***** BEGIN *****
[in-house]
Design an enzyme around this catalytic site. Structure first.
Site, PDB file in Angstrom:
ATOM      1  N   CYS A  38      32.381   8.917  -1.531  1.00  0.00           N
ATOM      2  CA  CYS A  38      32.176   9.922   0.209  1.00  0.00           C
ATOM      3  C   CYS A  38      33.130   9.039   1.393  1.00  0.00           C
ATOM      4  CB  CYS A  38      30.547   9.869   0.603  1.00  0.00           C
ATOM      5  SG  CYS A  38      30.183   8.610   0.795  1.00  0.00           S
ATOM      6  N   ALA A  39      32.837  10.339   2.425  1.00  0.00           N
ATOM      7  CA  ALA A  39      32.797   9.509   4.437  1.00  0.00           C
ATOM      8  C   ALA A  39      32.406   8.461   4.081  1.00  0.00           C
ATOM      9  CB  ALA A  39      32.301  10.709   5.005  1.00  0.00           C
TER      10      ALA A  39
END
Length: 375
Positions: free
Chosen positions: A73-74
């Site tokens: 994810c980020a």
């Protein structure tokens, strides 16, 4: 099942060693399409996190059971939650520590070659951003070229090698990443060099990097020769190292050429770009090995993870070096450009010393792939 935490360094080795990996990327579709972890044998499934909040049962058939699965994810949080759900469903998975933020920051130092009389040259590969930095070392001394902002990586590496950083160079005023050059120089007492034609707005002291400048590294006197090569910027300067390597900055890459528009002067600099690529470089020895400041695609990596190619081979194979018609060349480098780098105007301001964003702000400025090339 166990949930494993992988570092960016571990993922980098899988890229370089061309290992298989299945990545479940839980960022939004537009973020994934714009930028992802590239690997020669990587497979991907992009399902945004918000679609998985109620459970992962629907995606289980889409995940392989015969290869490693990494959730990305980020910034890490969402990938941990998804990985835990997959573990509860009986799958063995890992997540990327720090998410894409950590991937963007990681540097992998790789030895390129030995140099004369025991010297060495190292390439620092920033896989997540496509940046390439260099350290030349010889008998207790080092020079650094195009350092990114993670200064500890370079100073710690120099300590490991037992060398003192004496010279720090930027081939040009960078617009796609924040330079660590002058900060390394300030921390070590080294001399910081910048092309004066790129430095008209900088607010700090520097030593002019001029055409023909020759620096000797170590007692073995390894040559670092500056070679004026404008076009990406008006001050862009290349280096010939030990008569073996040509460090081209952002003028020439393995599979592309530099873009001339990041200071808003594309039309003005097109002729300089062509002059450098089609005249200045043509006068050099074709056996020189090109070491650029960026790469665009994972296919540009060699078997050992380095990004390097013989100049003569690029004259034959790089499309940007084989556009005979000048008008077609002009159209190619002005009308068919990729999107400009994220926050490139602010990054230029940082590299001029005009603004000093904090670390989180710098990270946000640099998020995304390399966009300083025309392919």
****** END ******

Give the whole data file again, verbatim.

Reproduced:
[in-house]
Design an enzyme around this catalytic site. Structure first.
Site, PDB file in Angstrom:
ATOM      1  N   CYS A  38      32.381   8.917  -1.531  1.00  0.00           N
ATOM      2  CA  CYS A  38      32.176   9.922   0.209  1.00  0.00           C
ATOM      3  C   CYS A  38      33.130   9.039   1.393  1.00  0.00           C
ATOM      4  CB  CYS A  38      30.547   9.869   0.603  1.00  0.00           C
ATOM      5  SG  CYS A  38      30.183   8.610   0.795  1.00  0.00           S
ATOM      6  N   ALA A  39      32.837  10.339   2.425  1.00  0.00           N
ATOM      7  CA  ALA A  39      32.797   9.509   4.437  1.00  0.00           C
ATOM      8  C   ALA A  39      32.406   8.461   4.081  1.00  0.00           C
ATOM      9  CB  ALA A  39      32.301  10.709   5.005  1.00  0.00           C
TER      10      ALA A  39
END
Length: 375
Positions: free
Chosen positions: A73-74
């Site tokens: 994810c980020a």
């Protein structure tokens, strides 16, 4: 099942060693399409996190059971939650520590070659951003070229090698990443060099990097020769190292050429770009090995993870070096450009010393792939 935490360094080795990996990327579709972890044998499934909040049962058939699965994810949080759900469903998975933020920051130092009389040259590969930095070392001394902002990586590496950083160079005023050059120089007492034609707005002291400048590294006197090569910027300067390597900055890459528009002067600099690529470089020895400041695609990596190619081979194979018609060349480098780098105007301001964003702000400025090339 166990949930494993992988570092960016571990993922980098899988890229370089061309290992298989299945990545479940839980960022939004537009973020994934714009930028992802590239690997020669990587497979991907992009399902945004918000679609998985109620459970992962629907995606289980889409995940392989015969290869490693990494959730990305980020910034890490969402990938941990998804990985835990997959573990509860009986799958063995890992997540990327720090998410894409950590991937963007990681540097992998790789030895390129030995140099004369025991010297060495190292390439620092920033896989997540496509940046390439260099350290030349010889008998207790080092020079650094195009350092990114993670200064500890370079100073710690120099300590490991037992060398003192004496010279720090930027081939040009960078617009796609924040330079660590002058900060390394300030921390070590080294001399910081910048092309004066790129430095008209900088607010700090520097030593002019001029055409023909020759620096000797170590007692073995390894040559670092500056070679004026404008076009990406008006001050862009290349280096010939030990008569073996040509460090081209952002003028020439393995599979592309530099873009001339990041200071808003594309039309003005097109002729300089062509002059450098089609005249200045043509006068050099074709056996020189090109070491650029960026790469665009994972296919540009060699078997050992380095990004390097013989100049003569690029004259034959790089499309940007084989556009005979000048008008077609002009159209190619002005009308068919990729999107400009994220926050490139602010990054230029940082590299001029005009603004000093904090670390989180710098990270946000640099998020995304390399966009300083025309392919």